April 2019 - Assassins, Space Monsters, and Armageddon

Well, I managed to get the Very Worst cold and we’ve had our first tornado of the season. How is your spring going? Here are some of the things I enjoyed in April…


Avengers: Endgame
I can’t quite say that all of it made sense and I was not very happy with the way the filmmakers kept using someone’s weight as a joke, but I still overall enjoyed the spectacle and experience of Endgame; an appropriately epic and satisfying conclusion to 11 years of movies. I have a weird aversion to rewatching most MCU movies (with some exceptions), but I could definitely watch the final battle a few more times.

Killing Eve
This was one of those situations where “I’ll just watch one episode” turned into accidentally staying up until 3am binging the entire first season. Killing Eve is an amazing showcase for some phenomenally talented actresses and I was enthralled. The show follows the increasingly obsessive relationship between Villanelle (Jodie Comer), a sociopathic assassin, and Eve (Sandra Oh), the MI5 officer who is trying to stop her. It is full of spy intrigue, tense situations, and a surprising amount of humor.


I started this game when it first came out in 2017 but got stuck at a difficult bit and ended up taking a very long break. I started it up again in April and had a much better time. The developer, Arkane Studios, is very good at creating beautiful, haunting locations that are incredibly fun to explore (they also created the Dishonored series). Despite having a more-or-less silent protagonist, the game manages to tell a really interesting story through the environment (an art-deco space station in the midst of an alien outbreak), well acted non-player characters, and various emails and audio-logs you find along the way. If you like really creative first person stealth/action games, put this one on your list.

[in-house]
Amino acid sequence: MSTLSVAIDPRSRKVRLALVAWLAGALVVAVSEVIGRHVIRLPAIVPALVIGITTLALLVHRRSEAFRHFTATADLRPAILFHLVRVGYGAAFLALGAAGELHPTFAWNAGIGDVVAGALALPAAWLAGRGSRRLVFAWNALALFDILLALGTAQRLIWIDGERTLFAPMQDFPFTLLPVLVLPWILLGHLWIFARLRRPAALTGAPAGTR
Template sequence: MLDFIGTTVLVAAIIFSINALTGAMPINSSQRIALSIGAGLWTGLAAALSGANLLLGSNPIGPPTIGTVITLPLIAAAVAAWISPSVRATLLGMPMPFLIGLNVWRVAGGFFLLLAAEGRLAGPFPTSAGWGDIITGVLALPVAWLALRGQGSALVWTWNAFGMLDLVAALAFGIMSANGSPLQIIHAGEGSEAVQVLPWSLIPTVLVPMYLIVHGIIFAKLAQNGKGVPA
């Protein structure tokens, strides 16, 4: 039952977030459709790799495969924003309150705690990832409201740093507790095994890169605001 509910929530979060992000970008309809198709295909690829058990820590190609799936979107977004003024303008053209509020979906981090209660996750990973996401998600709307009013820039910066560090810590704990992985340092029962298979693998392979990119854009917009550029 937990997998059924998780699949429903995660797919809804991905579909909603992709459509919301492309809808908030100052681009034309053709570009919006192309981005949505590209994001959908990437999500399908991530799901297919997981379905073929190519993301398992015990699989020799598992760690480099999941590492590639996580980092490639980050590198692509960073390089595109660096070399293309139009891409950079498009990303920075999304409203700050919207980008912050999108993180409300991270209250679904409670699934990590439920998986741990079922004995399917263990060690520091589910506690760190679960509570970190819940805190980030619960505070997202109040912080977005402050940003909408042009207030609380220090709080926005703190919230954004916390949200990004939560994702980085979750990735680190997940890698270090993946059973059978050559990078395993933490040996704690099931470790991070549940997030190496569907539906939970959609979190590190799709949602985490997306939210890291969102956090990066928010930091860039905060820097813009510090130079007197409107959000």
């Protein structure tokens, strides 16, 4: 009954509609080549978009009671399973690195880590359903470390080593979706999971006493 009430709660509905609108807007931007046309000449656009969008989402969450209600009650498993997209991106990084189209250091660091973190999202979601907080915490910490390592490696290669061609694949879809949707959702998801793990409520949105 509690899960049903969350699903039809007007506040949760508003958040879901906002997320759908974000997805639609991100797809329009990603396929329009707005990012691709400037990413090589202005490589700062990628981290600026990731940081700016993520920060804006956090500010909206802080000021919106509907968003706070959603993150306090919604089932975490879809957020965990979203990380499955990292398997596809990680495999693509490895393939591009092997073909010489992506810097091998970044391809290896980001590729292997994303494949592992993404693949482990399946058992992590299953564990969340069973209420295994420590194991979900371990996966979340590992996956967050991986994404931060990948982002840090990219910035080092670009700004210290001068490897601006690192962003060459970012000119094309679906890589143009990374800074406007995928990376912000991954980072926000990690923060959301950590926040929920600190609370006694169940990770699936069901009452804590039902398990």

Far Cry: New Dawn
I also blazed through Far Cry: New Dawn this month, which, in contrast to Prey, is one of those games where a silent protagonist doesn’t work well at all. Throughout the entire game I kept wishing I was playing a character who actually reacted to things and had a story. That being said, I still had fun playing it. New Dawn sticks to the tried-and-true Far Cry formula of taking over enemy bases, battling with charismatic, ruthless villains, and accidentally setting everything on fire as you mash buttons in a mad dash to escape a wildlife ambush involving two bears and a very angry wolverine. It’s not an outstanding game, but it’s fun junk food. Plus, bonus points for battle companions Horatio, a wild boar, and Timber, a very good dog.


Bloom (Kevin Panetta & Savanna Ganucheau)
A coming-of-age story (with a smidge of romance), Bloom is a lovely graphic novel written by Kevin Panetta and beautifully illustrated by Savanna Ganucheau, which focuses on Ari, a young man full of young-man-angst who desperately wants to do more with his life than work at his family’s struggling bakery.

Good Omens (Terry Pratchett & Neil Gaiman)